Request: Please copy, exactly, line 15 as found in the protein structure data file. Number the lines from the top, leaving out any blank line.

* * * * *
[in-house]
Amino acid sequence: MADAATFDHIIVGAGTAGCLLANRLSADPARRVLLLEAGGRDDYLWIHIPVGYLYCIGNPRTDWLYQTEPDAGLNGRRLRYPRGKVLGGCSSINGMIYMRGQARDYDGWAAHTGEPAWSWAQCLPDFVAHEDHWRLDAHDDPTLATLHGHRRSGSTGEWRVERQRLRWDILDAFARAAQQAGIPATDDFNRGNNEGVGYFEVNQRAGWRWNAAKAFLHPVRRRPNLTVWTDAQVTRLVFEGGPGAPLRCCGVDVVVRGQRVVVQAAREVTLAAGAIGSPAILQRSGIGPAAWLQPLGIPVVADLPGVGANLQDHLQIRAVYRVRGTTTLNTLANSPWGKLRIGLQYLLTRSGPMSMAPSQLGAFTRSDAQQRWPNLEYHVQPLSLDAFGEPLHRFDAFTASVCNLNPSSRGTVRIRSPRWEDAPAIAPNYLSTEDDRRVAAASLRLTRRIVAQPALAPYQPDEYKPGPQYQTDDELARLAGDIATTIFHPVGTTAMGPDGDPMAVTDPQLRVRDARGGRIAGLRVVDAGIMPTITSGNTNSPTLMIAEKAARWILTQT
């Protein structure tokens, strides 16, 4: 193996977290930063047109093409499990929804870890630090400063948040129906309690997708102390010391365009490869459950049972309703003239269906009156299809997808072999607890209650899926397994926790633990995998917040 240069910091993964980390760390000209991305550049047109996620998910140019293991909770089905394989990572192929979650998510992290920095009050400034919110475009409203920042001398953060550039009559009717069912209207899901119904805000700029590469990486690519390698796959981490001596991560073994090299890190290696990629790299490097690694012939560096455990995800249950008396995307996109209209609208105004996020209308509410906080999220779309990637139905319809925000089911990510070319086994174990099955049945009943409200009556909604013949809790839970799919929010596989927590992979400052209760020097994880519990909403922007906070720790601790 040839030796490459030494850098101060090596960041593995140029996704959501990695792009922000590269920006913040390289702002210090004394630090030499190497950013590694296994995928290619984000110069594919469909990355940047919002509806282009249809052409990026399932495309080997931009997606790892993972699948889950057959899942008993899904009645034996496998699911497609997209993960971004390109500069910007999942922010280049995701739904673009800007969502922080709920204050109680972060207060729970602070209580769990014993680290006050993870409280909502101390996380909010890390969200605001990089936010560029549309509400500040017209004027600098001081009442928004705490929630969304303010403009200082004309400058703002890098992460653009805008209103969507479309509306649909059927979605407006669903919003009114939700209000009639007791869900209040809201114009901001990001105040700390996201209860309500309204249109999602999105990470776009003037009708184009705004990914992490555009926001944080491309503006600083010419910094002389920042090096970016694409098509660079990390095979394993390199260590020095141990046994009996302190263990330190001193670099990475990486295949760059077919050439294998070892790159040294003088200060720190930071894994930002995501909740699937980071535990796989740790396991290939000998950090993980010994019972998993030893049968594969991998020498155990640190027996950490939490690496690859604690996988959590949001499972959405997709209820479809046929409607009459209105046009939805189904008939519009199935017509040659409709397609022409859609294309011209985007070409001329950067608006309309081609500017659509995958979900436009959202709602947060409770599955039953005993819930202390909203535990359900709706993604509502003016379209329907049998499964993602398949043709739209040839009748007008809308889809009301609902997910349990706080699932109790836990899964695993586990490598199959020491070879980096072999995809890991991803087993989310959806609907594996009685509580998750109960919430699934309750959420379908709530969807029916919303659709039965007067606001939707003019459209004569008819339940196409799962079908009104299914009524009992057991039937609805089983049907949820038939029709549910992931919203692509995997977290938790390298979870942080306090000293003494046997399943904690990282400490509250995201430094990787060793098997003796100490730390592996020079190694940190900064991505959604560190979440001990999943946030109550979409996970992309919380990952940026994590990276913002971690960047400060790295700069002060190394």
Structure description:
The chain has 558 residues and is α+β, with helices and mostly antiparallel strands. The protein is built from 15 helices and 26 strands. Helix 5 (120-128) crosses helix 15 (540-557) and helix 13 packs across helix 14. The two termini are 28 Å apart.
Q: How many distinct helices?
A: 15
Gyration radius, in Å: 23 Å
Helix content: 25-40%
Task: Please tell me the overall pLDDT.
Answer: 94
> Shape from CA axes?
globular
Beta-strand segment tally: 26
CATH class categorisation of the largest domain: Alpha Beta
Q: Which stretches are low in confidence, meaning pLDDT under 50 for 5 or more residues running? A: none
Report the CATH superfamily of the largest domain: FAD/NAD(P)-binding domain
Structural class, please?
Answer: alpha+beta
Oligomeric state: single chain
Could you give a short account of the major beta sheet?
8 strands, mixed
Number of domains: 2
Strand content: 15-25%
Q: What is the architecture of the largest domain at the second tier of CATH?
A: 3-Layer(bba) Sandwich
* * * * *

CATH class categorisation of the largest domain: Alpha Beta